“We got a call from someone in New York City … saying, ‘I can’t contact my mom in Waterloo. There’s not other family in Waterloo around her, can you help me locate her?’ And we found out Mom was in the hospital nonresponsive, literally in a coma due to COVID. It happened so fast that there was no way for her to contact her son,” Kim-Cho said. “EMBARC got in the middle of that, did all the translation for the family. Everything’s fine now, but at the time, it was so critical. EMBARC was able to do that for the family and work with the hospital.”  

Work that can’t be done online or over the phone prompts staff or volunteers to show up at community members’ homes. In many of the 936 unemployment cases EMBARC worked with, individuals attempting to claim unemployment didn’t understand the requirements or instructions and could be left waiting for weeks on support that wasn’t processed. EMBARC staff and volunteers began asking residents to leave their documentation at the front door, and advocates would call them on the phone while filling out paperwork on the doorstep. Families isolating after showing symptoms or testing positive for COVID-19 call EMBARC to request food delivery.

“We’re the only organization in Iowa that does this for the refugee community, directly connecting them with all of these things,” Kim-Cho said. “There’s a lot of food pantries out there, there is a lot of help out there, but [community members] can’t call the food pantry to ask questions about the food. They can’t go to the pantry to pick up the food. So there is that gap that we fill.” 

Student registration for the 2020-2021 school year has been a challenge as school districts are still finalizing attendance or online class plans. Families that don’t have access to devices or internet service no longer have the option to complete registration at district offices. By the end of the 2020 spring semester, community members had been translating emails over the phone sent by school districts to family members, and EMBARC anticipates those families will struggle in districts with full or partial online-learning models, Kim-Cho said.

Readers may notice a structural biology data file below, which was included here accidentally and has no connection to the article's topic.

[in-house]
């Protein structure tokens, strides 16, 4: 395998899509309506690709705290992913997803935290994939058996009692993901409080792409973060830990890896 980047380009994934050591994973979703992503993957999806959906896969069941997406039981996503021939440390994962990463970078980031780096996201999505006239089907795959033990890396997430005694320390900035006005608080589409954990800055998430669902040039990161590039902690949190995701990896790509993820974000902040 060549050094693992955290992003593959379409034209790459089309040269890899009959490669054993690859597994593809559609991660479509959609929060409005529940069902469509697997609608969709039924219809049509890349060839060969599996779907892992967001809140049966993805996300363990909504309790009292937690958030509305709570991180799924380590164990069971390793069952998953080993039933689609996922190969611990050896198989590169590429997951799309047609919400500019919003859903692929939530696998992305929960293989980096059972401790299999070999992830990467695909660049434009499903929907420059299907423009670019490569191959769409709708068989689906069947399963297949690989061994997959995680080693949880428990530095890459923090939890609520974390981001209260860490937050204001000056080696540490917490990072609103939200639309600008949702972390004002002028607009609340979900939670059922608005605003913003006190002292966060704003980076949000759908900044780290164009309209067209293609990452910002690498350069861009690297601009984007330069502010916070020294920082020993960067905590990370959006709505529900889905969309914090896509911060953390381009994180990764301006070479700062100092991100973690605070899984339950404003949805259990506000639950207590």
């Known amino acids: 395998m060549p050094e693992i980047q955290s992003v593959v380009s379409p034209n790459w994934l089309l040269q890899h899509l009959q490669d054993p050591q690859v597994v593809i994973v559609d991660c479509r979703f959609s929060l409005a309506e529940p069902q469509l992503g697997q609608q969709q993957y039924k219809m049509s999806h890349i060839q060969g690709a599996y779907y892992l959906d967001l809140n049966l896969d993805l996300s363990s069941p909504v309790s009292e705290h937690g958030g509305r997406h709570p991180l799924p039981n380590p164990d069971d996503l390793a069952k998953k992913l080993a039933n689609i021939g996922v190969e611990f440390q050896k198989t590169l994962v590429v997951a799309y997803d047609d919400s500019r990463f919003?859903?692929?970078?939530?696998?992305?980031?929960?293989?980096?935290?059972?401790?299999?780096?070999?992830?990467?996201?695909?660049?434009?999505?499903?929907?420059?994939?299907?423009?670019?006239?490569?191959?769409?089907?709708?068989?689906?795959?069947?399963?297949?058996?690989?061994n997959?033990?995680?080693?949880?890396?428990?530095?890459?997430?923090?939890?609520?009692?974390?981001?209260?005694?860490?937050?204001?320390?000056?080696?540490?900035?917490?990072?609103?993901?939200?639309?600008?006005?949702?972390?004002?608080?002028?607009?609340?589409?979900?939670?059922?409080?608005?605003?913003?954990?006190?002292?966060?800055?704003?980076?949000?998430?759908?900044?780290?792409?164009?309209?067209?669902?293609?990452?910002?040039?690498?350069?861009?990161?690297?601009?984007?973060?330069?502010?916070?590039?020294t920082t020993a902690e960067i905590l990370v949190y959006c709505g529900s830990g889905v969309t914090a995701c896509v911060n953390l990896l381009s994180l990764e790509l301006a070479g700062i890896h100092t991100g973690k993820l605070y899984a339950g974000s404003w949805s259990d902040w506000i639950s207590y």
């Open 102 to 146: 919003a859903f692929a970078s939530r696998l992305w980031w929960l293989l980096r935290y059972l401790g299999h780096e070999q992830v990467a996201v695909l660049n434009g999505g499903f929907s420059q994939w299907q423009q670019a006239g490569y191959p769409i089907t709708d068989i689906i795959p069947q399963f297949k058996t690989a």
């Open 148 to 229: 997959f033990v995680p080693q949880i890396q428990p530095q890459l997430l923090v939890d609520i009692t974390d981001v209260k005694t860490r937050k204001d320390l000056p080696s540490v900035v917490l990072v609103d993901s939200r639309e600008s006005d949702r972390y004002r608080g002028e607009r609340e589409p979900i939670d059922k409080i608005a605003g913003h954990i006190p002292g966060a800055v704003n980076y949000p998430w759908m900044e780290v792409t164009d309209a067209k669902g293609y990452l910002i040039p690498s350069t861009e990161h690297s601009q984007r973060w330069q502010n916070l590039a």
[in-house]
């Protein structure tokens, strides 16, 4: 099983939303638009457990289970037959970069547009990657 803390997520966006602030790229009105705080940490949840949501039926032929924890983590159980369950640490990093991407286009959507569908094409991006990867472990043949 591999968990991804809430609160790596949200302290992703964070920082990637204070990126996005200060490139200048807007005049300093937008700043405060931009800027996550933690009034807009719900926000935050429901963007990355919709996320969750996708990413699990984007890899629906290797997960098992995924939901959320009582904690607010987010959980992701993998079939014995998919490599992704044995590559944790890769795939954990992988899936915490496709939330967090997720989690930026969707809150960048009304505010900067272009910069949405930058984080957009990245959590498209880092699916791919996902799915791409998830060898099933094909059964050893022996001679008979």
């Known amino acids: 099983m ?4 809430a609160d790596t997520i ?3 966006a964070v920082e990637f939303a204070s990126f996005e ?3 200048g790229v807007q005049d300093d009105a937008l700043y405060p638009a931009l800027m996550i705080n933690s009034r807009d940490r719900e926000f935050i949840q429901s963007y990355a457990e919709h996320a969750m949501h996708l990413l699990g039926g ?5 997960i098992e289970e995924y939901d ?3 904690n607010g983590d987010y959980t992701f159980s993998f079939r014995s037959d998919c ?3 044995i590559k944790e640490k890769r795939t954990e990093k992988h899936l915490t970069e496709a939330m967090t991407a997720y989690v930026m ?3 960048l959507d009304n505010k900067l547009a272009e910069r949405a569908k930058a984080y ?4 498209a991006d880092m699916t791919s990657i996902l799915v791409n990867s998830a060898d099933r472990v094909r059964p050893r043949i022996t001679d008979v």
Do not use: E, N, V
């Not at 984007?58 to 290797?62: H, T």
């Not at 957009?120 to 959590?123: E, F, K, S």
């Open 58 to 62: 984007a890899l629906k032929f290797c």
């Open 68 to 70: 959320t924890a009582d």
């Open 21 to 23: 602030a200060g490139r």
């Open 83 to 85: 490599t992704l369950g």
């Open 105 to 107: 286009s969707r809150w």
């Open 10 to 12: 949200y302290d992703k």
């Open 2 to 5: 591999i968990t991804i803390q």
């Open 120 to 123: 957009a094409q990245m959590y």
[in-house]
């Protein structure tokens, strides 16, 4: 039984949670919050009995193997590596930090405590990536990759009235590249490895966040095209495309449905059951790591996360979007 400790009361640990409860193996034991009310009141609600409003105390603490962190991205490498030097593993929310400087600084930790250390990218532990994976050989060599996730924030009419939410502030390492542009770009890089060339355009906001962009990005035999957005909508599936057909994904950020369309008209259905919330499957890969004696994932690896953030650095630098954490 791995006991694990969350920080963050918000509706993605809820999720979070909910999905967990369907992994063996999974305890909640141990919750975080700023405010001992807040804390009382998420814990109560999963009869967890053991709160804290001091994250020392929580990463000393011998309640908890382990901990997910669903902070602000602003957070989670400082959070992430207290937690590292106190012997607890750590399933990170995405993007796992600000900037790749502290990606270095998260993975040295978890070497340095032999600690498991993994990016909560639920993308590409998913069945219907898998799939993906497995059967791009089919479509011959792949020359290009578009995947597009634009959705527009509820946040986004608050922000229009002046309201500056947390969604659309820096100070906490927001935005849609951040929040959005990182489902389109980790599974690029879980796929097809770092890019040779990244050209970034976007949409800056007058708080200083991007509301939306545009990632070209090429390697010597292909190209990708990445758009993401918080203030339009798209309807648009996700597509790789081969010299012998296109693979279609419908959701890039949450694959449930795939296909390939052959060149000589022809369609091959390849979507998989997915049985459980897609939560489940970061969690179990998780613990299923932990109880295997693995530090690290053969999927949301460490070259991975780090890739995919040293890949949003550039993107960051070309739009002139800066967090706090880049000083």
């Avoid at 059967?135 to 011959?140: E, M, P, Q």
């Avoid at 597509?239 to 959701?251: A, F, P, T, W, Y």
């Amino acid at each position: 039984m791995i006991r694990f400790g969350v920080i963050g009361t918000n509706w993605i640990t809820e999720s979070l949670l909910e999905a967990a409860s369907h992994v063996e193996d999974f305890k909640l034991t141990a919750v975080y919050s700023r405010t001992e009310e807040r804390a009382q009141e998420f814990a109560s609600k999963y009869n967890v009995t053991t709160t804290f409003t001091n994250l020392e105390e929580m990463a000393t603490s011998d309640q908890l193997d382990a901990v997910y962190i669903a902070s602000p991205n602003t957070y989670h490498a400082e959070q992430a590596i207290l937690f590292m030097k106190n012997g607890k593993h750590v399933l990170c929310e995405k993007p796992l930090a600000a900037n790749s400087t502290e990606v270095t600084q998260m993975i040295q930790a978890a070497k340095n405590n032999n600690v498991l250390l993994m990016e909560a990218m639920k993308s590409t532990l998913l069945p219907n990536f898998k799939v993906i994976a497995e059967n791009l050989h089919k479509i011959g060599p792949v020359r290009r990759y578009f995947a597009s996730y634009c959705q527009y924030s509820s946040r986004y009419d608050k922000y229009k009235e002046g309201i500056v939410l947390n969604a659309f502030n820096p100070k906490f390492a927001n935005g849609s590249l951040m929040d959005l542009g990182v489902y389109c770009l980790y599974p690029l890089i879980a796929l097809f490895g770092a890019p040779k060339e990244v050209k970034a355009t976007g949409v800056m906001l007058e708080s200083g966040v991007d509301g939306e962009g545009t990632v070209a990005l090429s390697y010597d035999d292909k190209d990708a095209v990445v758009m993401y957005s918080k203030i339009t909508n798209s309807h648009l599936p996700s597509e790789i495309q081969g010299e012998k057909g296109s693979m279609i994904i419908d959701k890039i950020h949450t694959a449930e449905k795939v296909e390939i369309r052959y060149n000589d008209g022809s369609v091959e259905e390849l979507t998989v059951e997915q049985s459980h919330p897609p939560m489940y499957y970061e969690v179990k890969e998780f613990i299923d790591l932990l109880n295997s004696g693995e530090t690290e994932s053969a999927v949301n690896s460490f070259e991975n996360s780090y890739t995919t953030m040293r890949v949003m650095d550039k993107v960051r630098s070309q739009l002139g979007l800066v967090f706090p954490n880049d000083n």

“Many of them don’t know how to do it. Many of them don’t have a computer and internet access, and a lot of the schools are now requiring you upload proof of residence and things like that online,” Kim-Cho said. “I’m trying to connect with the Department of Education and a lot of the school districts so that we can be that bridge for them in disseminating information. … It’s become a very big challenge for us.” 

EMBARC is preparing to reopen its location to community members as the state continues to reopen doors. Yet as protective screens are installed, the organization is also planning for what happens if a second wave of COVID-19 begins affecting community members.

Kim-Cho has been collecting stories from parents, caregivers and survivors to highlight through EMBARC’s website

“We still see a lot of people getting sick, but now we’re seeing people just not being able to support themselves financially,” Kim-Cho said. 

“We’re very desperate for outside help so that we can actually do this work for these essential workers in Iowa,” she said. “We’re trying to find good supporters within our communities who are our allies, who would be our advocates.”